Enslavement of Growers
Truth about sugar should be told
By Bala Dass The Fiji Times. Saturday, March 11, 2017
I believe the FijiFirst Government has enslaved canegrowers and subjugated them under the Fiji Sugar Corporation.
This follows revelations by the former director of sugar, as reported by The Fiji Times that former FSC executives in December 2008 recommended the termination and dissolution of the democratically elected Sugar Cane Growers Council as well as dissolution of two other industry organisations — the Sugar Commission and Fiji Sugar Marketing.
This is a very serious issue. This is similar to the days of the CSR (Colonial Sugar Refining Company), which throttled the rights of growers subjecting them to injustice. It was the founder of the National Federation Party, the late AD Patel (Ambalal Dahyabhai Patel), who led the struggle to drive out CSR from Fiji.
Patel’s impressive and comprehensive submissions led to the formulation of the Denning Award that stipulated the 70/30 sharing of proceeds formula in favour of growers in 1969. Lord Denning himself had stated that it was the persuasive arguments of Mr Patel that led him to rule in favour of growers.
I believe this released the growers from the shackles of CSR and its subsidiary the South Pacific Sugar Mills (SPSM).
Who is FSC to determine the livelihood and future of canegrowers?
And worse still it was done by a group of former FSC executives who compiled a report within a few weeks that formed the basis of Viliame Gucake’s Cabinet paper recommending the termination of the 38 elected growers councillors and dissolution of SCGC.
And with the dissolution of SCGC, the last vestiges of democracy in the sugar industry that safeguarded the interest of growers, disappeared, forcing them under total control of FSC and Government.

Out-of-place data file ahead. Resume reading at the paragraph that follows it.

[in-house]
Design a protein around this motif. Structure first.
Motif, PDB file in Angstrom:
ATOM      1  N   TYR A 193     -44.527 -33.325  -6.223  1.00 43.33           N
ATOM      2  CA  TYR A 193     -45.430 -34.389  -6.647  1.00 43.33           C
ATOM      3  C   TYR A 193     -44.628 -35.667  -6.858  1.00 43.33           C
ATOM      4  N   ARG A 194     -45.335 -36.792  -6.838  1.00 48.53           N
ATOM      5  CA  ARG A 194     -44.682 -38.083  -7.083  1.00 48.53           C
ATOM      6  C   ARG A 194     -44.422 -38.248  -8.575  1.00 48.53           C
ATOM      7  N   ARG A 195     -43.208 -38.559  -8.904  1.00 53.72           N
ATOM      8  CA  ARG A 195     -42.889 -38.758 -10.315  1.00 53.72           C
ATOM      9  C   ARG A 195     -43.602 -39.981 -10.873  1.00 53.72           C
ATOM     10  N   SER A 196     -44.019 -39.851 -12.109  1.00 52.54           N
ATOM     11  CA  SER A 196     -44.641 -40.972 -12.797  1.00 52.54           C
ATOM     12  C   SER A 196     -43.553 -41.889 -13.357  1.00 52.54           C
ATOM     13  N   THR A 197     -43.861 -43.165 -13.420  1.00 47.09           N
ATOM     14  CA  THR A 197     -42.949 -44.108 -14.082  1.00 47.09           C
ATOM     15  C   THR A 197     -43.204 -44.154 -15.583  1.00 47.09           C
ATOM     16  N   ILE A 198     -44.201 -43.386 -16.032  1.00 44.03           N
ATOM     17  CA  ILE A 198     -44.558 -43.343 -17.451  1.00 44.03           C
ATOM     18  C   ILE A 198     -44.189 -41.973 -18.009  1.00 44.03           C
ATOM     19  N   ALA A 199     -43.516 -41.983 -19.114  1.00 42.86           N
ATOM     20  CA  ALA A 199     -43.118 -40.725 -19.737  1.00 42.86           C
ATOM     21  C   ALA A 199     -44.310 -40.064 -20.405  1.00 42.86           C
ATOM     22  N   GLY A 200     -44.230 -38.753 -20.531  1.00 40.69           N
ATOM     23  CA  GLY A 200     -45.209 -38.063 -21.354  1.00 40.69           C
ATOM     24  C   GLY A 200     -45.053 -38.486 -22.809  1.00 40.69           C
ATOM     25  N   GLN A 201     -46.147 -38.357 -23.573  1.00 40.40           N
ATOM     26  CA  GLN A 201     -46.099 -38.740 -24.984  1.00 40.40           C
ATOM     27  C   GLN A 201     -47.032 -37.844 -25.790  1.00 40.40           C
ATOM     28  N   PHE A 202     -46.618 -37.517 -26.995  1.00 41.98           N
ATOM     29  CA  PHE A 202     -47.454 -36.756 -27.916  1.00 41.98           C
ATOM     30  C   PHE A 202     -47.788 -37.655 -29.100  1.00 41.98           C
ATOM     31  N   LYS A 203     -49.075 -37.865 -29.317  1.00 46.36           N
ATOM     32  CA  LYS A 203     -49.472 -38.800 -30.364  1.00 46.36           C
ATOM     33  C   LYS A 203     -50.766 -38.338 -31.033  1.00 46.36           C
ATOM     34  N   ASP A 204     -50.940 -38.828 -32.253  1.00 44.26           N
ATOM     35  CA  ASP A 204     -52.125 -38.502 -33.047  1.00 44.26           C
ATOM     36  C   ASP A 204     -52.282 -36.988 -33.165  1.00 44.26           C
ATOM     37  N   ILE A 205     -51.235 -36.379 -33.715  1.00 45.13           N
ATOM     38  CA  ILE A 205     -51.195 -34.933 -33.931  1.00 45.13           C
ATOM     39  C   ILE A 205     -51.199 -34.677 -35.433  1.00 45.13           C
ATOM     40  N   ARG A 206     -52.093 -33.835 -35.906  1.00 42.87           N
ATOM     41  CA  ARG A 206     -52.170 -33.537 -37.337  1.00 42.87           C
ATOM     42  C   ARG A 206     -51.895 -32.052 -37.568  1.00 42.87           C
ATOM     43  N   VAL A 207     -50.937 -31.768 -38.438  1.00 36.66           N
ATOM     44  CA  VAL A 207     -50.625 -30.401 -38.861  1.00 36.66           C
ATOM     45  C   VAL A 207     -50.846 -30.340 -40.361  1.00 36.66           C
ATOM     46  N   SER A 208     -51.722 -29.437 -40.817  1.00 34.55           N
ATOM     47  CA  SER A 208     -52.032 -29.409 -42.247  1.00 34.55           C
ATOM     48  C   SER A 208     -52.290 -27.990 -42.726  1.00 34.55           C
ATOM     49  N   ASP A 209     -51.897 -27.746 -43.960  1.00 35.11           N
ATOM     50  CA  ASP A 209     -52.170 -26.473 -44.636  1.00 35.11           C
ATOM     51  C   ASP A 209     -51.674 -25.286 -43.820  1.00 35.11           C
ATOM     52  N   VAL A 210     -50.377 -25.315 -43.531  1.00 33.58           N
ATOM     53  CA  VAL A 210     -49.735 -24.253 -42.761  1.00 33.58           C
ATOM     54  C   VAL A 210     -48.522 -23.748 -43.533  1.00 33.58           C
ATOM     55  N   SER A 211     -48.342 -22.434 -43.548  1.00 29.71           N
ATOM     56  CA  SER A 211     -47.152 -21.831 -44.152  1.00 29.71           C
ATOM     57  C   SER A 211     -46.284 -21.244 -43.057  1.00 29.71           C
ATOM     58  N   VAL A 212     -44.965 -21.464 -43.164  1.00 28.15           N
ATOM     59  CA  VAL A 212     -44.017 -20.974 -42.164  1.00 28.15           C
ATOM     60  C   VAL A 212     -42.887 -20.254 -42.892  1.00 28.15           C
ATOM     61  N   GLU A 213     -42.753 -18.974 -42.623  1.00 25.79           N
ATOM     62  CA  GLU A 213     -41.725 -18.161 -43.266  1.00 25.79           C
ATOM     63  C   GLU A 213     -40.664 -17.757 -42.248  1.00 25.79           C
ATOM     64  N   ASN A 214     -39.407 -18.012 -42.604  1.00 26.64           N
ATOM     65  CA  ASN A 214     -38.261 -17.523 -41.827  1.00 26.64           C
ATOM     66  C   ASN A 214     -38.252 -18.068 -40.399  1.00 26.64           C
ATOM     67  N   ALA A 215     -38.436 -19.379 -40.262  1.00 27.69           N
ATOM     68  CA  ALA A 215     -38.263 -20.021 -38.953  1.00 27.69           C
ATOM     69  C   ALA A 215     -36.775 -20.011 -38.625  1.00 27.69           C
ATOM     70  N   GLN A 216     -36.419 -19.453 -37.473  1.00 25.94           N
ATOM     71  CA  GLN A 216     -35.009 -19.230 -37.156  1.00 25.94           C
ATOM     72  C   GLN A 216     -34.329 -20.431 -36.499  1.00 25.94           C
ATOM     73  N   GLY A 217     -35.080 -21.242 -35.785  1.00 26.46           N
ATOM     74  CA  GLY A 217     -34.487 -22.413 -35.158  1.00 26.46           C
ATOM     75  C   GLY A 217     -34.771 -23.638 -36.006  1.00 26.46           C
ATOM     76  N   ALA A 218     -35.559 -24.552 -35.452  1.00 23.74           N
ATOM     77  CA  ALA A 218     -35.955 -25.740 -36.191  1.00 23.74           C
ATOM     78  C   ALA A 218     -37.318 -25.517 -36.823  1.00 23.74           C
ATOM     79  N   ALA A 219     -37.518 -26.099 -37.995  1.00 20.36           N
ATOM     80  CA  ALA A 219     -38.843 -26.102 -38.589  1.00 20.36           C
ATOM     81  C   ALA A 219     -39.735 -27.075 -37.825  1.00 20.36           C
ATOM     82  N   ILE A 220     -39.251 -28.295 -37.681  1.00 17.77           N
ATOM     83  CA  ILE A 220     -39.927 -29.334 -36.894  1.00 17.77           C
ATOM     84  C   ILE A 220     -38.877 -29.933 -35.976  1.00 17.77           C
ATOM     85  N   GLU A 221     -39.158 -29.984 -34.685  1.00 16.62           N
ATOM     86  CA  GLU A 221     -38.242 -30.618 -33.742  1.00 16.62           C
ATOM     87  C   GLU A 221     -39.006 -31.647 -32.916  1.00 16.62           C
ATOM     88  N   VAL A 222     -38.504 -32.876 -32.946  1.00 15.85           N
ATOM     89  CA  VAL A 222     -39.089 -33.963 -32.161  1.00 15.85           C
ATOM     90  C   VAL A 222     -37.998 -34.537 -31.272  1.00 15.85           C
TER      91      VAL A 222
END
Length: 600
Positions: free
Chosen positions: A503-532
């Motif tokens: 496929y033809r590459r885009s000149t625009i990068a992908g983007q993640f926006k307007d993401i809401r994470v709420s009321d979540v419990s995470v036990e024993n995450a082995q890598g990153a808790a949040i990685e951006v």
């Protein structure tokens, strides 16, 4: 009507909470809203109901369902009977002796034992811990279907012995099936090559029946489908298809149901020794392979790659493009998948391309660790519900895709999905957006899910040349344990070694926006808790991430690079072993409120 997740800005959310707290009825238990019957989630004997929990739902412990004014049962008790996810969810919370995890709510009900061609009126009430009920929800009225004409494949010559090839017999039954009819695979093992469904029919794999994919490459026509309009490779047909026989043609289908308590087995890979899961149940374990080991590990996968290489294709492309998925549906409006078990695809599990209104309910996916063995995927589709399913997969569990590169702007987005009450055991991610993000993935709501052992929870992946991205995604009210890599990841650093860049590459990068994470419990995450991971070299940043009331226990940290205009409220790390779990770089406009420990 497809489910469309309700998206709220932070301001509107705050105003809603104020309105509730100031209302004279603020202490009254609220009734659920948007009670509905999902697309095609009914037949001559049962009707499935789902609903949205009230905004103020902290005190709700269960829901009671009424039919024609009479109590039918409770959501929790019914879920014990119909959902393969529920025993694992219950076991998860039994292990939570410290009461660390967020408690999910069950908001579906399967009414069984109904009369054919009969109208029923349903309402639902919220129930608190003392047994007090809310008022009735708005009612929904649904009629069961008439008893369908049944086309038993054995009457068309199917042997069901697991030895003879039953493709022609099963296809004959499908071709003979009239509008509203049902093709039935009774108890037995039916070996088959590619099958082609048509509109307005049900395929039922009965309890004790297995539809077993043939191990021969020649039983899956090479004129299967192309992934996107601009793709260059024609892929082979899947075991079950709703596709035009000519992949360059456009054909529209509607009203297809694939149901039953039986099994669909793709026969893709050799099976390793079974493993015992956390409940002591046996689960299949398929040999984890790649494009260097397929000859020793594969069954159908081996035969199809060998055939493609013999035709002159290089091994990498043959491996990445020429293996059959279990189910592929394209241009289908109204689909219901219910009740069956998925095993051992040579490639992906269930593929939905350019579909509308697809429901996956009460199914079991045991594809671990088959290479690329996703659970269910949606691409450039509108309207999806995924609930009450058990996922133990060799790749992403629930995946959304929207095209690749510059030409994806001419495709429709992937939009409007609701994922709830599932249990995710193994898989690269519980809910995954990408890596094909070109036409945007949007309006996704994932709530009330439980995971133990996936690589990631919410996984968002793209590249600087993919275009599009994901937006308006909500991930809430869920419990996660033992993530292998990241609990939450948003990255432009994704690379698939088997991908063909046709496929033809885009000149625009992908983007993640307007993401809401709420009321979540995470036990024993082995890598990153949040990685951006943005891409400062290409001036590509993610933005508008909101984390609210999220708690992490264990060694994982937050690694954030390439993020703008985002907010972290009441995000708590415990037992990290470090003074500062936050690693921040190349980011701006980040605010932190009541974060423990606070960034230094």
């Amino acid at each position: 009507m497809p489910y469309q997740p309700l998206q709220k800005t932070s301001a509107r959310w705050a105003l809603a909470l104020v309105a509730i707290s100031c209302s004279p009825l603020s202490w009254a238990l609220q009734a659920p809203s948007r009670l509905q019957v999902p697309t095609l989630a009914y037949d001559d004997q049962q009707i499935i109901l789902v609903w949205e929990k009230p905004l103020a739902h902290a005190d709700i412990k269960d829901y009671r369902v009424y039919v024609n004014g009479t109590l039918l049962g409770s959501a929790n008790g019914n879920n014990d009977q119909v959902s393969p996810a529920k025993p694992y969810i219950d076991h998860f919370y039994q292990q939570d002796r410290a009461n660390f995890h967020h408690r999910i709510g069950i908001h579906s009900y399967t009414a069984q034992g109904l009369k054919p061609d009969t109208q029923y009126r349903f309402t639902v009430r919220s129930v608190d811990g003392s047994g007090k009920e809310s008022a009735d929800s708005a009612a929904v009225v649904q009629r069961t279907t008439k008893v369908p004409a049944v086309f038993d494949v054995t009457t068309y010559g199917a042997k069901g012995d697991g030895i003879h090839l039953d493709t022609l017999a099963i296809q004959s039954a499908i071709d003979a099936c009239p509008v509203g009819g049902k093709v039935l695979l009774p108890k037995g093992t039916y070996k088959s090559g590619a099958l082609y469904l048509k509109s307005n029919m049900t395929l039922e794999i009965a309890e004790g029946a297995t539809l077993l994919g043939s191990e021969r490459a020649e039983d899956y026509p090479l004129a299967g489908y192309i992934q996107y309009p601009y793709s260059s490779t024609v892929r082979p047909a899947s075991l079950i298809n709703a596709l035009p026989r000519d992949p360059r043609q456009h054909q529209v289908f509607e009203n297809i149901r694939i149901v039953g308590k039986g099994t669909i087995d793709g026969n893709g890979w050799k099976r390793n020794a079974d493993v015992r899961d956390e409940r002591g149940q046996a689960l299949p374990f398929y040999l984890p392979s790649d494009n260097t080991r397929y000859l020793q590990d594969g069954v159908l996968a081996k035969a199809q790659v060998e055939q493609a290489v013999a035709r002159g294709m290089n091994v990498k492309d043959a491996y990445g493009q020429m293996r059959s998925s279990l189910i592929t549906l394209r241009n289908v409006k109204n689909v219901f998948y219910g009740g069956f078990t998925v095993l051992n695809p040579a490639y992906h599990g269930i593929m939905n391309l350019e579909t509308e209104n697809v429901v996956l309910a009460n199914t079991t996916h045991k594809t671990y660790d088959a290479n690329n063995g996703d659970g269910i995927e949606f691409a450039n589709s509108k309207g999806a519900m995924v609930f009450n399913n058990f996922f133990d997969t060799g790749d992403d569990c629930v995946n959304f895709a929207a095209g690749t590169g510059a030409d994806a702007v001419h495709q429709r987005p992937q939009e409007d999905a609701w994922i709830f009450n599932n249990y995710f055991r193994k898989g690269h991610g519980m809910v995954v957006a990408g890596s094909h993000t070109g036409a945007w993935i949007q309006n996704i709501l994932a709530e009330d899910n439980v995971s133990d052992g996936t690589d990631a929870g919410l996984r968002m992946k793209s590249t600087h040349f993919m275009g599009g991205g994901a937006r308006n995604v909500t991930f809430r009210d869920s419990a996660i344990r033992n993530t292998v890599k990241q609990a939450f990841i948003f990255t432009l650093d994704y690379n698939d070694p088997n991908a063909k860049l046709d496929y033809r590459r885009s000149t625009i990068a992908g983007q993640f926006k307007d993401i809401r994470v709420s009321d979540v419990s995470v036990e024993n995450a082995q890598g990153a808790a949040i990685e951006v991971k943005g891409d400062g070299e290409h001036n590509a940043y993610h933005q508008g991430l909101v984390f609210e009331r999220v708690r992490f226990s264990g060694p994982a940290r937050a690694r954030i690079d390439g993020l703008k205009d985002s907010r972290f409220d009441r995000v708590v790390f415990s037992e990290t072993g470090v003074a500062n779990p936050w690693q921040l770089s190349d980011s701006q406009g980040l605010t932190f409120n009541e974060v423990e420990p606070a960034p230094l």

And not satisfied with terminating elected representatives of growers, I believe the Government is now attempting to tear apart their livelihood by introducing Bills No 19 and 20 — Reform of the Sugar Cane Industry and Sugar Cane Growers Fund (Amendment) Bills — in Parliament that are being scrutinised by the Parliamentary select committee on Economic Affairs.
We demand that Government through either the prime minister or minister for sugar or his permanent secretary publicly reveal the report and recommendations of the former FSC executives.
Similarly, Government must make public the FSC’s strategic plan that was referred to in Parliament two years ago as being in existence by the prime minister as well as the report of a consultant (Professor Steven Ratuva) hired to look at reviewing the Master Award.
Mr Gucake’s revelation of government’s underhand manner of adopting the recommendations of former FSC executives, confirms why Government doesn’t want bipartisanship in collectively overcoming challenges facing the industry so that it remains vibrant.
Decline in production
When Voreqe Bainimarama became Prime Minister and named his military cabinet and on January 16, 2007, Decree Number 1 was promulgated to terminate the chief executive of the Sugar Cane Growers Council Jagannath Sami.
Decree Number 1 of 2007 stated Mr Sami was being terminated because of the “moribund state” of the sugar cane industry and because of mismanagement of the said industry.
This decree was promulgated after the High Court granted Mr Sami a Stay Order following his removal.
I believe the decree’s intent was to portray that the dismissal was legal.